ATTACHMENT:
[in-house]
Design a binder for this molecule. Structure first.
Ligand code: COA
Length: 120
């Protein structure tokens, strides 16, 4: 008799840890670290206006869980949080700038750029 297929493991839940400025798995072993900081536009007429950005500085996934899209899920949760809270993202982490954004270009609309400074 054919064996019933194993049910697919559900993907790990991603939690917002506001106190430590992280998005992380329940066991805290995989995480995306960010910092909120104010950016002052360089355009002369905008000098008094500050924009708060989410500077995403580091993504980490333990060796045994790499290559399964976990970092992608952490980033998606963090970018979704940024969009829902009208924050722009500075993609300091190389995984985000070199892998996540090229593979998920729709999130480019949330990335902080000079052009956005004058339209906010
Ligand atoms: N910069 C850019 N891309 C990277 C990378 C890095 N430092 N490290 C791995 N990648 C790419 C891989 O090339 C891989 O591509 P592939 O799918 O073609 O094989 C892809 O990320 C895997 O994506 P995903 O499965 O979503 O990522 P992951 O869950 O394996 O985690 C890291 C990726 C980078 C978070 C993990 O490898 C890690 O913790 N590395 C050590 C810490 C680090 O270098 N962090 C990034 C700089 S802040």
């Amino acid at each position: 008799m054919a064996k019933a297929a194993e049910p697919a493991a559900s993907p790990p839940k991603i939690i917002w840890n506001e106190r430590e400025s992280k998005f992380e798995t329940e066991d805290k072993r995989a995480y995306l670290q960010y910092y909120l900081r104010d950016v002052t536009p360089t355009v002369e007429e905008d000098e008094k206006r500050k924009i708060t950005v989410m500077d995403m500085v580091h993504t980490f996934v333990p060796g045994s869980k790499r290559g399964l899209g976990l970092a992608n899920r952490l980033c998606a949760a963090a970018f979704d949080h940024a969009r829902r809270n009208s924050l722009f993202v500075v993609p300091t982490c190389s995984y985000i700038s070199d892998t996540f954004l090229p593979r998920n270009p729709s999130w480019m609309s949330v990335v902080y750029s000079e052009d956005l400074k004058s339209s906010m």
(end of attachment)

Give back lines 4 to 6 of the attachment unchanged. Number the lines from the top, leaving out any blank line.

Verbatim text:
Length: 120
């Protein structure tokens, strides 16, 4: 008799840890670290206006869980949080700038750029 297929493991839940400025798995072993900081536009007429950005500085996934899209899920949760809270993202982490954004270009609309400074 054919064996019933194993049910697919559900993907790990991603939690917002506001106190430590992280998005992380329940066991805290995989995480995306960010910092909120104010950016002052360089355009002369905008000098008094500050924009708060989410500077995403580091993504980490333990060796045994790499290559399964976990970092992608952490980033998606963090970018979704940024969009829902009208924050722009500075993609300091190389995984985000070199892998996540090229593979998920729709999130480019949330990335902080000079052009956005004058339209906010
Ligand atoms: N910069 C850019 N891309 C990277 C990378 C890095 N430092 N490290 C791995 N990648 C790419 C891989 O090339 C891989 O591509 P592939 O799918 O073609 O094989 C892809 O990320 C895997 O994506 P995903 O499965 O979503 O990522 P992951 O869950 O394996 O985690 C890291 C990726 C980078 C978070 C993990 O490898 C890690 O913790 N590395 C050590 C810490 C680090 O270098 N962090 C990034 C700089 S802040």